But these deadly and debilitating effects all take a long time to manifest. The latency period for cancers linked to arsenic is estimated to be about 20 or more years. And of the 57 million rural Bangladeshis who have been exposed to unsafe levels of arsenic, said Carson, only a small fraction will ever get that sick. The initial (and presumably more common) effects, on the other hand, are feelings of general lethargy and sores on hands and feet, along with headaches and confusion effects, in other words, that are not necessarily going to show up as reported health conditions but that will, the research team hypothesized, affect the labor supply.
The deleterious and quantifiable impact on labor, Carson believes, can be immediately understood by government officials who are sometimes tempted, especially in the case of impoverished countries, to put economic development ahead of health, to think "let's get income up first, then we can clean up."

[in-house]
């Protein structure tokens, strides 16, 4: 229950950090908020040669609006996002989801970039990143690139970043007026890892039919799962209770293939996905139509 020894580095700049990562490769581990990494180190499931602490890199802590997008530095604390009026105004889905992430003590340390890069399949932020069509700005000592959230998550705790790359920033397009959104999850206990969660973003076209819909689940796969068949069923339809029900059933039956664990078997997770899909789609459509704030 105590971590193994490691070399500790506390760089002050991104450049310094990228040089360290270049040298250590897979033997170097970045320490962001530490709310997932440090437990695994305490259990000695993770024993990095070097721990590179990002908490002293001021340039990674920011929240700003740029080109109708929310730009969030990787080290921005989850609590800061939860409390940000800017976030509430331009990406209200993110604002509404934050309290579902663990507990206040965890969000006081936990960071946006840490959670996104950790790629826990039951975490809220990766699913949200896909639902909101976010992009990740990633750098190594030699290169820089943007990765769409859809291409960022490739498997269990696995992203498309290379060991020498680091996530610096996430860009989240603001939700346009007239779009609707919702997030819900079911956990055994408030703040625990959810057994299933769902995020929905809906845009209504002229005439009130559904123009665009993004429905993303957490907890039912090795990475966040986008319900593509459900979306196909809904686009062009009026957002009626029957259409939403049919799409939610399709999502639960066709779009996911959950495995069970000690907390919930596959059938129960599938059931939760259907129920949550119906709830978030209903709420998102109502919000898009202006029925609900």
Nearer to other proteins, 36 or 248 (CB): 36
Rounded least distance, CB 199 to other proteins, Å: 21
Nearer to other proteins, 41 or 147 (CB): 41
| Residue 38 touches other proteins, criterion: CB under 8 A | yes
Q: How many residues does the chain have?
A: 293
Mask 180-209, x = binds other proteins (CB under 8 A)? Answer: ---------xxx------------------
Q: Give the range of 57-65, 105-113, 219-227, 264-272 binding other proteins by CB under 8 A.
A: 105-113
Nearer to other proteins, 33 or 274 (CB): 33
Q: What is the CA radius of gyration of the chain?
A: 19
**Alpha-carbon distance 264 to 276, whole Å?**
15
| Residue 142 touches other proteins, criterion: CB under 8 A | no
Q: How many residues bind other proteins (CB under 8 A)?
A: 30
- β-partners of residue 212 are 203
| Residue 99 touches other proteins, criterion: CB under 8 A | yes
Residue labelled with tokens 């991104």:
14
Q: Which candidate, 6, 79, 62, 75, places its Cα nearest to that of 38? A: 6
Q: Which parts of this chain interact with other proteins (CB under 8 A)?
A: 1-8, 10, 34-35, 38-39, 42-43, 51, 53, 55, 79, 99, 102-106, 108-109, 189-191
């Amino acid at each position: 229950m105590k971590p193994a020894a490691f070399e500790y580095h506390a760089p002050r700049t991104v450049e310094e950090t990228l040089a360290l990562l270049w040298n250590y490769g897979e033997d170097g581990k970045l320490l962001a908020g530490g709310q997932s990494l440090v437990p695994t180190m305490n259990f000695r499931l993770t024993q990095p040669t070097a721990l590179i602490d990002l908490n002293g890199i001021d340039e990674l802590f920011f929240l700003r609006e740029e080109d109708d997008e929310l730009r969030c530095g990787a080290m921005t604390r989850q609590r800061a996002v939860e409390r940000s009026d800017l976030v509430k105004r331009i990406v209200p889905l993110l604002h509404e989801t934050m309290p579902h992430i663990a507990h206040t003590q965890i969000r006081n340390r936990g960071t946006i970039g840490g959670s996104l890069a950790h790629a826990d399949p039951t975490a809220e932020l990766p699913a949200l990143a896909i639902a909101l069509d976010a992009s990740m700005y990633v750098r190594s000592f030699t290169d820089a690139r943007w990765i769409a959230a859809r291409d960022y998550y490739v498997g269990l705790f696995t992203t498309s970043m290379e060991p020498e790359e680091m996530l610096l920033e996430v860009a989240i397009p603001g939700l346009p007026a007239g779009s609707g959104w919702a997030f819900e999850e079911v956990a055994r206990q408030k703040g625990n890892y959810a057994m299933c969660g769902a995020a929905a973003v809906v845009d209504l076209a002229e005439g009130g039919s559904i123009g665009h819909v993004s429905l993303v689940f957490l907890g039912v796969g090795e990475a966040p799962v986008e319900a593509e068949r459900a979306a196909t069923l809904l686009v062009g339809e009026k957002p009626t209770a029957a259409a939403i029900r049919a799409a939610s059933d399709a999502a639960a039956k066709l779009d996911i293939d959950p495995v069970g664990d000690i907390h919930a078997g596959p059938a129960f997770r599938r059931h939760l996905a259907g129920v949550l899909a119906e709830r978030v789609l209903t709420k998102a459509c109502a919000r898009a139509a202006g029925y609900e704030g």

"Environment is not a luxury," Carson said. "Our paper shows that the environmentally related health problems are sufficiently large that they're holding back development."
For their study, Carson and colleagues looked at the relationship between arsenic exposure and hours worked by households as reported in the Bangladesh government's standard survey used for this purpose. Their sample included 4,259 rural households from the Household Income and
Expenditure Survey carried out by the Bangladesh Bureau of Statistics in 2000 and was matched with data on arsenic contamination from a large-scale study done by the British Geological Survey.
|Contact: Inga Kiderra|
University of California - San Diego